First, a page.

Jessie Ashley (199754298)
Suggested edit: Jessie Ashley was born in New York City on August 6, 1861. She was the daughter of Ossian Doolittle and Harriet A. Nash Ashley. She lived a privileged lifestyle with her three siblings. They attended private schools and studied abroad. At the turn of the century, Jessie went to law school. There she met feminist attorneys Ida Rauh and Madeline Doty. The women bonded around their mutual interest in women’s issues and law. The three women were involved in progressive activism. Ashley worked with Rauh and Margaret Sanger to form the American Birth Control League.
In 1905, Jessie became the treasurer of the National College Equal Suffrage League. Later, she became its president. In 1908, she was elected to the treasurer position of the NAWSA. Many conservative members of the NAWSA did not support her because of her socialist views.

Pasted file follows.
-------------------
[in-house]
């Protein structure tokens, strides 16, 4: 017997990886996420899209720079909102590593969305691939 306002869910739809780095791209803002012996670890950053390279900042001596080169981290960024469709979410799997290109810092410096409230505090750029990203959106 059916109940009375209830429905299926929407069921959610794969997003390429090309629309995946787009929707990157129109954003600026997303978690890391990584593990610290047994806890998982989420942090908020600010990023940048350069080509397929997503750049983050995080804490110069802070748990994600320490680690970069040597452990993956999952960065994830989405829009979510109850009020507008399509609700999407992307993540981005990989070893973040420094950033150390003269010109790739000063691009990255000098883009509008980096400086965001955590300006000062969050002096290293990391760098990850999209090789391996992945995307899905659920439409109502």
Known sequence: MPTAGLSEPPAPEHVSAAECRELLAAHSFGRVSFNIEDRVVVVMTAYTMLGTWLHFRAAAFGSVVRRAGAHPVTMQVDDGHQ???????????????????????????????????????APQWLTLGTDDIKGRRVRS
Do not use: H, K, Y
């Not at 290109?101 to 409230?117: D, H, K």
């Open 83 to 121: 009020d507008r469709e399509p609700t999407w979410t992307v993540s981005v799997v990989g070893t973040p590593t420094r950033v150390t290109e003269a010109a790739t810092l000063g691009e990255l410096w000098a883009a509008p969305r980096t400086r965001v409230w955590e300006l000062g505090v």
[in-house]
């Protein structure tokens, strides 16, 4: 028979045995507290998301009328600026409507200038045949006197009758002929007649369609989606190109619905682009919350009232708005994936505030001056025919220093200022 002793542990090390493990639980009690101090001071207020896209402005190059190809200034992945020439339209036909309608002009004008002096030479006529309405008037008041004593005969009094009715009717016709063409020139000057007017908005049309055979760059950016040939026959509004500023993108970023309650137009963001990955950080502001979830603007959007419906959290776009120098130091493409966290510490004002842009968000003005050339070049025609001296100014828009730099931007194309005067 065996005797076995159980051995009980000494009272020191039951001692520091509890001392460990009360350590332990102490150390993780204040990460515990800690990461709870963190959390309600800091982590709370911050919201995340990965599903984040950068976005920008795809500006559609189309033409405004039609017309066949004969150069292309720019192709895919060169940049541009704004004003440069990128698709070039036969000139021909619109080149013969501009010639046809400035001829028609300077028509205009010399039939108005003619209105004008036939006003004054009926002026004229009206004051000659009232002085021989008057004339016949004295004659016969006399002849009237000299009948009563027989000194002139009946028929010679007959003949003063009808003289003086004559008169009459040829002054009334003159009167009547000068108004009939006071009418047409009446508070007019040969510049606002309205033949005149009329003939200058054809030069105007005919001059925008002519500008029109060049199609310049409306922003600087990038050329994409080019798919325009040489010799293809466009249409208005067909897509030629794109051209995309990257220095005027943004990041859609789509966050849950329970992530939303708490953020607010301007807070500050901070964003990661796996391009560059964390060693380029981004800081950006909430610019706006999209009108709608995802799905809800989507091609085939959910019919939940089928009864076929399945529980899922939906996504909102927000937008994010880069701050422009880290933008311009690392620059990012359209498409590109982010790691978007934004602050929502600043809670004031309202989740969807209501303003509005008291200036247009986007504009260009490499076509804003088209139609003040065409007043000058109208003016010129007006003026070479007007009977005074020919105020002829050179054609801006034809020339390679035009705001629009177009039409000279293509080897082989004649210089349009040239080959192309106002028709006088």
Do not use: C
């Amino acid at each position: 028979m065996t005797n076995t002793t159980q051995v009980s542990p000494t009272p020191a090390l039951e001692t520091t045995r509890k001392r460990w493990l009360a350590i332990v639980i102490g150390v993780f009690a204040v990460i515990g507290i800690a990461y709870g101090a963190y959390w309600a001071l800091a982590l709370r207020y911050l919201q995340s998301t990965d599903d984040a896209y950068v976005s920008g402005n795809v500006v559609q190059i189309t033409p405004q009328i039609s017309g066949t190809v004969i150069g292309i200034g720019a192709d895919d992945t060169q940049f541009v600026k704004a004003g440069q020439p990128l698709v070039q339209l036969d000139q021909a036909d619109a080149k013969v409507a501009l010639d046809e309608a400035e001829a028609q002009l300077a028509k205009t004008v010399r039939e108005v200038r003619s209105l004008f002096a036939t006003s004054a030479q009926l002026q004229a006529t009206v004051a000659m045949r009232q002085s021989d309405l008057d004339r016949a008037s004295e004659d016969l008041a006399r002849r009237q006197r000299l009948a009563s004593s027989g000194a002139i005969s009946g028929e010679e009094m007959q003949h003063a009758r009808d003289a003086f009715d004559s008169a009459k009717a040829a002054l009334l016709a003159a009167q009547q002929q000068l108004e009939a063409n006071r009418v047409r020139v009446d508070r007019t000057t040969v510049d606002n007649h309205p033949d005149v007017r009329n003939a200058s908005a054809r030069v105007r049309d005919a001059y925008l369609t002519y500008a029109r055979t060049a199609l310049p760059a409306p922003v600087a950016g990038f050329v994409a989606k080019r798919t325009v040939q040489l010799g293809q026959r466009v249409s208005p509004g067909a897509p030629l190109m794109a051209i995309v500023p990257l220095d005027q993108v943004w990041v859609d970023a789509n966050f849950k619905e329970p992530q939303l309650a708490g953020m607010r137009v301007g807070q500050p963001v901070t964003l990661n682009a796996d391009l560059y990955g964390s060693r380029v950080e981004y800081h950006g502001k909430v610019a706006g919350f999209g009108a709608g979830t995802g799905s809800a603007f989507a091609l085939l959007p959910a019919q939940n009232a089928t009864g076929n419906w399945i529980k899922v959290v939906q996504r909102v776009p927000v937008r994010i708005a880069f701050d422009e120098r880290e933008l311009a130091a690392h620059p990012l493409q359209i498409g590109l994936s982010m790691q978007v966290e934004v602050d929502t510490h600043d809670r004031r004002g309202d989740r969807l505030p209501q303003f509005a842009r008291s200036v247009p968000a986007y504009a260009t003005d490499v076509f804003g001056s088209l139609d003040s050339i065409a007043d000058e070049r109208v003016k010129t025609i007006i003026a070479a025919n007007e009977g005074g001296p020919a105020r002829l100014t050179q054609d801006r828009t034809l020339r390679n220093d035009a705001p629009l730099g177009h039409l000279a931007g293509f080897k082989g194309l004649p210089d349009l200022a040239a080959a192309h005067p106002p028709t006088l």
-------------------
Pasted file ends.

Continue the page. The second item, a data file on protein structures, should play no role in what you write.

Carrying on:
From 1907 to her death, Jessie practiced with Elizabeth Pope or independently as one of the few firms led by women in New York. Ashley taught courses in the woman’s class at NYU. Jessie joined the New York County Lawyers’ Association in 1908. It was one of the first significant American bar associations that did not discriminate based on sex.
Jessie had joined the Socialist Party in 1907. She wrote a series of letters to the Woman’s Journal, which addressed class and gender inequality. These letters drew criticism from suffragists who felt that she had used the NAWSA’s journal to express Socialist views. Several state suffrage organizations denounced Ashley. The NAWSA reprimanded her. In 1912, she gave up her post and did not run for re-election.
Jessie focused most of her energy on Socialist issues but continued to fight for suffrage.
On January 20, 1919, Jessie Ashley died after contracting pneumonia.
Contributor: md rudder (49492160)
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